Have any of you tried importing a Bible yet? This is by far the biggest new feature in Accordance 7.2. Some of you have already successfully imported a new Bible or two. Others may have tried and run into errors which stopped the import. In this post, I'll talk a little about some of the issues I ran into when importing Bibles into Accordance.
The first thing I tried was exporting a Bible text from an older Mac Bible program and then importing it into Accordance. We have a lot of users who have said they still use some legacy program because it has a certain Bible text they like to consult, so I wanted to make sure the import Bible feature would meet their needs. In general, texts exported from other programs went very smoothly. First, I could export them as a single text file. Second, most programs handle the challenges of versification differences among versions by forcing everything to conform to the common English system, so versification wasn't an issue with these Bibles. Bibles exported from other programs were typically easy to import.
Bible texts downloaded from the web can be another matter altogether. The next thing I tried was to find Tyndale's New Testament and Wycliffe's translation online. I managed to find some e-texts here which I could download directly to my computer. Clicking these links downloaded a folder containing one text file for each book, so the first thing I had to do was to put all these files together into a single text file. That was a little bit of work, but not that big a deal.
Once I had that done, I had to use find-and-replace to format the files properly, with each verse on a single line, with proper chapter and book references, etc. It's here that a good text editor with some kind of pattern matching capability comes in handy. You can try BBEdit, TextWrangler (free), and possibly Nisus Writer Express. Personally, I still favor an ancient text editor for Classic, but I wouldn't recommend it for anyone else (if you can even find it anymore).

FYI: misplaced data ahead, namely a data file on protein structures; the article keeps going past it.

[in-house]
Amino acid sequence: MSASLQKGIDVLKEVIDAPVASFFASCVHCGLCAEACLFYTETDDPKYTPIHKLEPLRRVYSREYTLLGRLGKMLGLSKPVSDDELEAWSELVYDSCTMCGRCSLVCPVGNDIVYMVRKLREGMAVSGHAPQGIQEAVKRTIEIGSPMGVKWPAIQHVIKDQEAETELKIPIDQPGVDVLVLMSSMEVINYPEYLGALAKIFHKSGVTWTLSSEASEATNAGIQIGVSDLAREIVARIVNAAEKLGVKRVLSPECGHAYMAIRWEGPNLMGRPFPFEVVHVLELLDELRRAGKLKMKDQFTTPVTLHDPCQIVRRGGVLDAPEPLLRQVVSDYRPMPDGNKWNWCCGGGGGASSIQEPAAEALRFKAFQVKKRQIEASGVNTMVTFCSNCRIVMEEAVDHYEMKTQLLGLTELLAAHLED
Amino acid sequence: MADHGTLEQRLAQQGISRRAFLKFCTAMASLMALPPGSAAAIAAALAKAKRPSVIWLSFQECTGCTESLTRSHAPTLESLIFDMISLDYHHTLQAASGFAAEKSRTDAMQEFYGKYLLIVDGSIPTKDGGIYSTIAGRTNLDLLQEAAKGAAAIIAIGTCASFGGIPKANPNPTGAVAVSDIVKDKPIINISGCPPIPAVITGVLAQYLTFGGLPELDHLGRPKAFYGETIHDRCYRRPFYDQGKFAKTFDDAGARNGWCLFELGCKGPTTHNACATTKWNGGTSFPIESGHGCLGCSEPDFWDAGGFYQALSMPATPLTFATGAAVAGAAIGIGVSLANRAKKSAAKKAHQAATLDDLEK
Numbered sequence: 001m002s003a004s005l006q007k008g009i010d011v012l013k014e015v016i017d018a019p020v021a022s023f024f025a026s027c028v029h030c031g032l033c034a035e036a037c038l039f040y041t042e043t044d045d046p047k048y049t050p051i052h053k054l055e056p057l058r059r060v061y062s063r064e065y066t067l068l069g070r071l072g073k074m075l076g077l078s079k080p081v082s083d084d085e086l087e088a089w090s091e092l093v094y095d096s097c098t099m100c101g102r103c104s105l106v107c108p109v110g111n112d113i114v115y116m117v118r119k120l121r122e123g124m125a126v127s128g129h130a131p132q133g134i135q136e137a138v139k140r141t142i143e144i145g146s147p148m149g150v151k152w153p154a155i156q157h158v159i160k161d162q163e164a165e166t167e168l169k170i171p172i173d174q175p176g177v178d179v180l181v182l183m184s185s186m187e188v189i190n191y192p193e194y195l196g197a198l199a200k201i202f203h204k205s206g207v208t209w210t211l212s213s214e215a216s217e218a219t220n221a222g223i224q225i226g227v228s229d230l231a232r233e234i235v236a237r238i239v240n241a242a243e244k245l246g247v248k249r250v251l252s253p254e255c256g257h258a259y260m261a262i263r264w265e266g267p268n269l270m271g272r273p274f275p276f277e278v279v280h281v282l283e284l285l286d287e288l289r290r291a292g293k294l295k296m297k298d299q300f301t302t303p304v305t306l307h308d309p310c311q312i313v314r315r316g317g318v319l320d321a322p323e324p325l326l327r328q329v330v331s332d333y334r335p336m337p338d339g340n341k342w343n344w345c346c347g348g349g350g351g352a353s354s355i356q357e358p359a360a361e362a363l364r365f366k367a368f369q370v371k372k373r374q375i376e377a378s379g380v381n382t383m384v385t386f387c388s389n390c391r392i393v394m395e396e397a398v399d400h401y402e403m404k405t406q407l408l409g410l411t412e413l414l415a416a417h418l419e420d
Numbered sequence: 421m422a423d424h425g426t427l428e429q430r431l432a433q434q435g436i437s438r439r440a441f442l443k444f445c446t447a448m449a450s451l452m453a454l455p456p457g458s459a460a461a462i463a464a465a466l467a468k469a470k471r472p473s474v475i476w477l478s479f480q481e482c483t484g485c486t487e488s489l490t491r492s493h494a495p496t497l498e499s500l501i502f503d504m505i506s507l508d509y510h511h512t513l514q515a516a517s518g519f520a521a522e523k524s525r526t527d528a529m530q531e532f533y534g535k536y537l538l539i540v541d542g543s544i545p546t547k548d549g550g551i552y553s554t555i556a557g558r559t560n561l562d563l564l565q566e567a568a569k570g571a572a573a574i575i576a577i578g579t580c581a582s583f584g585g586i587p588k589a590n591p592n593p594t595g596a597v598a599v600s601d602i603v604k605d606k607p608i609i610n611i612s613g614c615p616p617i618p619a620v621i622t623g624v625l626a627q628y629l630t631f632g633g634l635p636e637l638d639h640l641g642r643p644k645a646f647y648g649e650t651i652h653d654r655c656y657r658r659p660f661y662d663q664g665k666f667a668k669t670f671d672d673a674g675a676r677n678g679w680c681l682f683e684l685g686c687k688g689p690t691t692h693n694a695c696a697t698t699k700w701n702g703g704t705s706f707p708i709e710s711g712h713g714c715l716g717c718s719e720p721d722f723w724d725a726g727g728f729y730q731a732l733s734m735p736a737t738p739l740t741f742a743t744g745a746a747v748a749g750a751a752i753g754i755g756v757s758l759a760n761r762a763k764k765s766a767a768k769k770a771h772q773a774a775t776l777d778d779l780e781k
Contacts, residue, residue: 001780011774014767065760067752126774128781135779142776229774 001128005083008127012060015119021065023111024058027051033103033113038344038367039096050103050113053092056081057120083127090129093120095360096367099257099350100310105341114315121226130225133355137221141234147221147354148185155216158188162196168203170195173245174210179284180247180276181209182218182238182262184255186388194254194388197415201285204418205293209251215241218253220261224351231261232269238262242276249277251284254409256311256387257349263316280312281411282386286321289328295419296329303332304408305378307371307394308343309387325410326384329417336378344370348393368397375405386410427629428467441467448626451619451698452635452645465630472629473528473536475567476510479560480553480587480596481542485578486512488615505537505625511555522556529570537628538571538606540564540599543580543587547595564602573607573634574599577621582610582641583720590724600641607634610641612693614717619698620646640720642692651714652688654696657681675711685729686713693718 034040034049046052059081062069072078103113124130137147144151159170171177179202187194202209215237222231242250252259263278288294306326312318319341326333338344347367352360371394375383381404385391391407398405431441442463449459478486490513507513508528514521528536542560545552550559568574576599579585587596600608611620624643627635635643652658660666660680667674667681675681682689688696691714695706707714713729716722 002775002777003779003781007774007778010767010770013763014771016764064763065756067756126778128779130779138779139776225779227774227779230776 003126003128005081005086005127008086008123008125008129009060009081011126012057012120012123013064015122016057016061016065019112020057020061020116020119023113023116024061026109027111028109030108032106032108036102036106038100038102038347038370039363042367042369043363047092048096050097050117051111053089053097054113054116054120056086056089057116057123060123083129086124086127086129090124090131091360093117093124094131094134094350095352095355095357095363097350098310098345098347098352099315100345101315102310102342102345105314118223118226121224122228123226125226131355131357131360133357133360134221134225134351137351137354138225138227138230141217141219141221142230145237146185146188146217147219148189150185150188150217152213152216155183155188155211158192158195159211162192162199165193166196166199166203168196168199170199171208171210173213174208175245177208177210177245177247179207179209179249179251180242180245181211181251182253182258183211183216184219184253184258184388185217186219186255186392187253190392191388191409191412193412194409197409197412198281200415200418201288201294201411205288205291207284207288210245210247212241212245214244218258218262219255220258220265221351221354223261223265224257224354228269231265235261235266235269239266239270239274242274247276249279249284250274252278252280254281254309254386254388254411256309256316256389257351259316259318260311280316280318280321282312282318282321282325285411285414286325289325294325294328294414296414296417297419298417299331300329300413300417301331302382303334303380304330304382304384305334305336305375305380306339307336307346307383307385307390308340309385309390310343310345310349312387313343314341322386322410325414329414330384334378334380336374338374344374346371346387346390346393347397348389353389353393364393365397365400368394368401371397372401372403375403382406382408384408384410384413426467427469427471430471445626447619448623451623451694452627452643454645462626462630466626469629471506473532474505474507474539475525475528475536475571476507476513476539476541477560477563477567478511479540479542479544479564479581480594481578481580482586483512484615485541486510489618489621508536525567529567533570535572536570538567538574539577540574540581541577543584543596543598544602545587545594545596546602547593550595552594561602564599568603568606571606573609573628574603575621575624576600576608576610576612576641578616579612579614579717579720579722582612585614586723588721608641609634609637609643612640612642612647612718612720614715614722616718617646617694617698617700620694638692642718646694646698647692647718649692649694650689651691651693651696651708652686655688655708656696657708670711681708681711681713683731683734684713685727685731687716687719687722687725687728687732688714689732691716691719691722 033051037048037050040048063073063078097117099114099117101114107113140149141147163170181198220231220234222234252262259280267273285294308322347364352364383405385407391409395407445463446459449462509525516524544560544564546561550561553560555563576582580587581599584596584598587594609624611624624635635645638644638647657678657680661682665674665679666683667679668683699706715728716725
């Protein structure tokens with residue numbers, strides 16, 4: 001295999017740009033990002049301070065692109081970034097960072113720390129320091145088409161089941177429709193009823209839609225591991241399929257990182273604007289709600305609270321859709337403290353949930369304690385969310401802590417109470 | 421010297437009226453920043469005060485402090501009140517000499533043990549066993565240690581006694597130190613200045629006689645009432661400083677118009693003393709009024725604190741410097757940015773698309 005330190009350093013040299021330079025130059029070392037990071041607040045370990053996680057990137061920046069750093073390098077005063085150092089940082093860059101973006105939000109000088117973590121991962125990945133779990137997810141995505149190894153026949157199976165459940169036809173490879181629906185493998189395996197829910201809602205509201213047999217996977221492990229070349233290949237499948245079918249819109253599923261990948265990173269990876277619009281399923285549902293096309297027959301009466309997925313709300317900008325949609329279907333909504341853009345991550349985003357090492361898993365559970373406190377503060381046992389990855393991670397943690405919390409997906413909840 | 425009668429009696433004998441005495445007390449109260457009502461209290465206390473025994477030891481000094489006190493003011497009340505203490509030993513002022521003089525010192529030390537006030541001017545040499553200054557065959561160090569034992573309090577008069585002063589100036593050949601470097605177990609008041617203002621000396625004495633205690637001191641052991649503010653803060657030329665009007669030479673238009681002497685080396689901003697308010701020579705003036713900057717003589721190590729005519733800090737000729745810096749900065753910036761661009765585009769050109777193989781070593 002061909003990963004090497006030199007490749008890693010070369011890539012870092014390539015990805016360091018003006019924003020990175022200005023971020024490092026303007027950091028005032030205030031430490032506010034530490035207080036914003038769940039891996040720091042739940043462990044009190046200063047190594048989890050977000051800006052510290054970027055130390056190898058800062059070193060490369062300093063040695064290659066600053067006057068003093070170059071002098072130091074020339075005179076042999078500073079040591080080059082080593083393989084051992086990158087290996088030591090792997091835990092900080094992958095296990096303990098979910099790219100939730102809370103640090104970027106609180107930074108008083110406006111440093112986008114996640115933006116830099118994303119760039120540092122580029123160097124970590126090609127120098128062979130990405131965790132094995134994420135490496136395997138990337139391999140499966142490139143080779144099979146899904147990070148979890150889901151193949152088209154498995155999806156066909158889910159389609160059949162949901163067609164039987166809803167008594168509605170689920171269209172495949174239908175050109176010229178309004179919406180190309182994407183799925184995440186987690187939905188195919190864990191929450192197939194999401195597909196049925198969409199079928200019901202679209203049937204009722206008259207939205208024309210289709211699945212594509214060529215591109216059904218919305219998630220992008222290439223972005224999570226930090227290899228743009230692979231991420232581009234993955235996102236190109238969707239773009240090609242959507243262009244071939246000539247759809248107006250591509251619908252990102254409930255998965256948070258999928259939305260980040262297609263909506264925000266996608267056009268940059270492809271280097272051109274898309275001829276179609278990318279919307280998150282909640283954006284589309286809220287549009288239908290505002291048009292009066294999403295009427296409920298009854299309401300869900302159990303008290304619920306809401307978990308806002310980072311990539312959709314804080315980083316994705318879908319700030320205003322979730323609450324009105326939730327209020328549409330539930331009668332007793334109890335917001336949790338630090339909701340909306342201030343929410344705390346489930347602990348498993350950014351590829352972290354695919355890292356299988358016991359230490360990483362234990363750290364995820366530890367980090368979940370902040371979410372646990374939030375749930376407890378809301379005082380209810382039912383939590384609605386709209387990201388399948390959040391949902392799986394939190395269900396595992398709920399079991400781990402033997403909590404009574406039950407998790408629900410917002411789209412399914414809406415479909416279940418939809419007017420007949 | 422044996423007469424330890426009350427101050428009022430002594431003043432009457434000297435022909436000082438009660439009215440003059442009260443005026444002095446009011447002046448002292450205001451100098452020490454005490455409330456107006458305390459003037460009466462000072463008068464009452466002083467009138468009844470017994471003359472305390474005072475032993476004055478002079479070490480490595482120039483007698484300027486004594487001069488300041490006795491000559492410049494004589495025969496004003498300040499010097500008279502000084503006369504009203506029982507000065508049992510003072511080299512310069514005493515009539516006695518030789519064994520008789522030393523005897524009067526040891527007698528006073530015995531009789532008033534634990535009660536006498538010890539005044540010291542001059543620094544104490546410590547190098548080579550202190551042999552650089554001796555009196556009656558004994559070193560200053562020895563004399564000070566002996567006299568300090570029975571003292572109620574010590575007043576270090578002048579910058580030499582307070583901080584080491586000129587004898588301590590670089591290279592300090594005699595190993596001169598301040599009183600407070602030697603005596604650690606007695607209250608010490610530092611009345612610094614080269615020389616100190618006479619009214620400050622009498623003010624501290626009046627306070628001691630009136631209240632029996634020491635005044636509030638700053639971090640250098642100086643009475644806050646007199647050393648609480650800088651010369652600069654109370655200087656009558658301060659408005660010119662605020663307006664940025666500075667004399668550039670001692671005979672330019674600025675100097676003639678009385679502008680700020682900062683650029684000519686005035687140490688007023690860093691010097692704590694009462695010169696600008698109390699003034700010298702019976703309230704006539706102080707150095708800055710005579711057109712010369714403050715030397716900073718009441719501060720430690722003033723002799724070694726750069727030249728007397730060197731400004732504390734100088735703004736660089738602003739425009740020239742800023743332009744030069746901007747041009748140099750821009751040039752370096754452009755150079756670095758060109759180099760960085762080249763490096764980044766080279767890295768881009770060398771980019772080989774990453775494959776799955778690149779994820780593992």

Since I do this kind of stuff all the time, it didn't take me long to get my Tyndale and Wycliffe texts ready for import. When I tried to import the two Bibles, Tyndale imported just fine. I may have had a few errors I had to go back and fix for the import to work successfully, but it basically imported without any problems. Wycliffe, however, was another matter. I discovered to my chagrin that Wycliffe follows the versification of the Latin Vulgate (and in some cases its own unique numbering), which meant repeated error messages telling me I had to go back and make Wycliffe's versification conform to the common English references.
Now, here's a tip if you run into this. When I went back to my Wycliffe text file, I would change the "erroneous" verse numbers at the beginning of the line, but then I would put the original Wycliffe reference in brackets after the text. That way, I still preserve the original referencing system Wycliffe used. Here's an example of what I mean:
21 And now, for Y woot, that thou schalt regne moost certeynli, and schalt haue in thin hond the rewme of Israel, swere thou to me in the Lord, [24:22] that thou do not a wei my seed aftir me, nether take a wey my name fro the hows of my fadir.
22 [24:23] And Dauid swoor to Saul. Therfor Saul yede in to his hows, and Dauid and hise men stieden to sikire placis.
Here you can see that Wycliffe has an "extra" verse when compared with the common English numbering system. The latter part of verse 21 is numbered as verse 22, and verse 22 is therefore numbered as verse 23. I "fixed" this by removing the return before Wycliffe's verse 22, making it a part of verse 21, but I also preserved Wycliffe's reference by placing it brackets. Then I changed Wycliffe's verse 23 to the 22 which Accordance's import feature expects, yet again I preserved Wycliffe's numbering by placing it in brackets.
This is how it looks in Accordance when placed in parallel with the KJV:
Wycliffe has proven to have so many versification issues like this that I have yet to finish it. Fortunately, Accordance allows you to import partial Bible texts.
As you can see from these examples, importing Bibles can be a challenge depending on where you get the e-text from, how it happens to be formatted, and how it handles versification. But with a little effort, most of these issues are easily overcome.
In my next post, I'll talk about my experiments with importing a Polish Bible which uses accent characters which are not in the standard English fonts.